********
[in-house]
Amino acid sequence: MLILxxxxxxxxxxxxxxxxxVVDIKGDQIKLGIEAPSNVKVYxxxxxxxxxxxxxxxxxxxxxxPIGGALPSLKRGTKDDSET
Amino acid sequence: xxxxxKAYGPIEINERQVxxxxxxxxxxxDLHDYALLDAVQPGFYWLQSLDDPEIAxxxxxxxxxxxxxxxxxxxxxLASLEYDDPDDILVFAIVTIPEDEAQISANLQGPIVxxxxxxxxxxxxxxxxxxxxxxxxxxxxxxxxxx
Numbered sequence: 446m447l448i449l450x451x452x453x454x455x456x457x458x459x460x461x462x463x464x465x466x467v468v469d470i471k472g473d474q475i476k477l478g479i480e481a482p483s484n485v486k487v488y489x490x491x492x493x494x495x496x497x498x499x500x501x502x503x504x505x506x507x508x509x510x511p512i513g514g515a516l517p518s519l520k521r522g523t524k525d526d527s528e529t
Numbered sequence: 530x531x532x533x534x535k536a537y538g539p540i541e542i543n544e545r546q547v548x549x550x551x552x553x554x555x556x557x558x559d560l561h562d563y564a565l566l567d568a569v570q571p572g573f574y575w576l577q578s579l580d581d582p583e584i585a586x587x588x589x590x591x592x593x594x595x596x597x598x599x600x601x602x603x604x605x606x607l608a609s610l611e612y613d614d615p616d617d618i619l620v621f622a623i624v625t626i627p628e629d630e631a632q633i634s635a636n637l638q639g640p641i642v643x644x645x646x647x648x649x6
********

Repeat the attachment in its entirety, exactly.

[in-house]
Amino acid sequence: MLILxxxxxxxxxxxxxxxxxVVDIKGDQIKLGIEAPSNVKVYxxxxxxxxxxxxxxxxxxxxxxPIGGALPSLKRGTKDDSET
Amino acid sequence: xxxxxKAYGPIEINERQVxxxxxxxxxxxDLHDYALLDAVQPGFYWLQSLDDPEIAxxxxxxxxxxxxxxxxxxxxxLASLEYDDPDDILVFAIVTIPEDEAQISANLQGPIVxxxxxxxxxxxxxxxxxxxxxxxxxxxxxxxxxx
Numbered sequence: 446m447l448i449l450x451x452x453x454x455x456x457x458x459x460x461x462x463x464x465x466x467v468v469d470i471k472g473d474q475i476k477l478g479i480e481a482p483s484n485v486k487v488y489x490x491x492x493x494x495x496x497x498x499x500x501x502x503x504x505x506x507x508x509x510x511p512i513g514g515a516l517p518s519l520k521r522g523t524k525d526d527s528e529t
Numbered sequence: 530x531x532x533x534x535k536a537y538g539p540i541e542i543n544e545r546q547v548x549x550x551x552x553x554x555x556x557x558x559d560l561h562d563y564a565l566l567d568a569v570q571p572g573f574y575w576l577q578s579l580d581d582p583e584i585a586x587x588x589x590x591x592x593x594x595x596x597x598x599x600x601x602x603x604x605x606x607l608a609s610l611e612y613d614d615p616d617d618i619l620v621f622a623i624v625t626i627p628e629d630e631a632q633i634s635a636n637l638q639g640p641i642v643x644x645x646x647x648x649x6